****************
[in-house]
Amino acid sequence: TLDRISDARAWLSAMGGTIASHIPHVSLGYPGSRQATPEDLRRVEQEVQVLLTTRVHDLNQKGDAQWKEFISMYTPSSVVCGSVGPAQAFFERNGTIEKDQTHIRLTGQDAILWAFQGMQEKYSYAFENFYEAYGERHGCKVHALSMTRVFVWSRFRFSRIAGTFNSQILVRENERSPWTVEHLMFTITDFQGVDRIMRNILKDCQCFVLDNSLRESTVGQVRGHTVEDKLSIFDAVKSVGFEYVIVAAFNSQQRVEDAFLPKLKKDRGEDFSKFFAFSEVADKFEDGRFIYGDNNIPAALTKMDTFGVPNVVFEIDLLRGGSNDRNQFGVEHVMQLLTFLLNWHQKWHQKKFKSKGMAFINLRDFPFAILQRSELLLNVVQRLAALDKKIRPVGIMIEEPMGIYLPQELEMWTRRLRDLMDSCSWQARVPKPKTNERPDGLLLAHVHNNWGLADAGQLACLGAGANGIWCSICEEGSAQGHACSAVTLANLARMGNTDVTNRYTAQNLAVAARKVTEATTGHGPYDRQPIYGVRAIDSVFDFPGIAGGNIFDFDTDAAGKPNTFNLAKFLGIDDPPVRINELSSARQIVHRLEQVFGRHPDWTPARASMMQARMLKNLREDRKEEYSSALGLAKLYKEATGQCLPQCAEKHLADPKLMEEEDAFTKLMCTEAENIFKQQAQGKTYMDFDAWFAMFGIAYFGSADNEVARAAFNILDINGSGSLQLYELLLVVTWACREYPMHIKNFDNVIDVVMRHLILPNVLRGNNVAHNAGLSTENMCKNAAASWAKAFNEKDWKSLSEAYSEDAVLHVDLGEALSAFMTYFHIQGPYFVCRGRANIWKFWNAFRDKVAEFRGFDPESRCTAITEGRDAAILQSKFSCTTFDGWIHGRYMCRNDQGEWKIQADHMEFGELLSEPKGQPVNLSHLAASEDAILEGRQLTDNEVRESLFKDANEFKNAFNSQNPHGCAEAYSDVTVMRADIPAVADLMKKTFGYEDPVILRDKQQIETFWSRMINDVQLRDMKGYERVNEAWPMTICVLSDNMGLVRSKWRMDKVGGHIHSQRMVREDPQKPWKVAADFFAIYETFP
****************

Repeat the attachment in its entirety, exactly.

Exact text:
[in-house]
Amino acid sequence: TLDRISDARAWLSAMGGTIASHIPHVSLGYPGSRQATPEDLRRVEQEVQVLLTTRVHDLNQKGDAQWKEFISMYTPSSVVCGSVGPAQAFFERNGTIEKDQTHIRLTGQDAILWAFQGMQEKYSYAFENFYEAYGERHGCKVHALSMTRVFVWSRFRFSRIAGTFNSQILVRENERSPWTVEHLMFTITDFQGVDRIMRNILKDCQCFVLDNSLRESTVGQVRGHTVEDKLSIFDAVKSVGFEYVIVAAFNSQQRVEDAFLPKLKKDRGEDFSKFFAFSEVADKFEDGRFIYGDNNIPAALTKMDTFGVPNVVFEIDLLRGGSNDRNQFGVEHVMQLLTFLLNWHQKWHQKKFKSKGMAFINLRDFPFAILQRSELLLNVVQRLAALDKKIRPVGIMIEEPMGIYLPQELEMWTRRLRDLMDSCSWQARVPKPKTNERPDGLLLAHVHNNWGLADAGQLACLGAGANGIWCSICEEGSAQGHACSAVTLANLARMGNTDVTNRYTAQNLAVAARKVTEATTGHGPYDRQPIYGVRAIDSVFDFPGIAGGNIFDFDTDAAGKPNTFNLAKFLGIDDPPVRINELSSARQIVHRLEQVFGRHPDWTPARASMMQARMLKNLREDRKEEYSSALGLAKLYKEATGQCLPQCAEKHLADPKLMEEEDAFTKLMCTEAENIFKQQAQGKTYMDFDAWFAMFGIAYFGSADNEVARAAFNILDINGSGSLQLYELLLVVTWACREYPMHIKNFDNVIDVVMRHLILPNVLRGNNVAHNAGLSTENMCKNAAASWAKAFNEKDWKSLSEAYSEDAVLHVDLGEALSAFMTYFHIQGPYFVCRGRANIWKFWNAFRDKVAEFRGFDPESRCTAITEGRDAAILQSKFSCTTFDGWIHGRYMCRNDQGEWKIQADHMEFGELLSEPKGQPVNLSHLAASEDAILEGRQLTDNEVRESLFKDANEFKNAFNSQNPHGCAEAYSDVTVMRADIPAVADLMKKTFGYEDPVILRDKQQIETFWSRMINDVQLRDMKGYERVNEAWPMTICVLSDNMGLVRSKWRMDKVGGHIHSQRMVREDPQKPWKVAADFFAIYETFP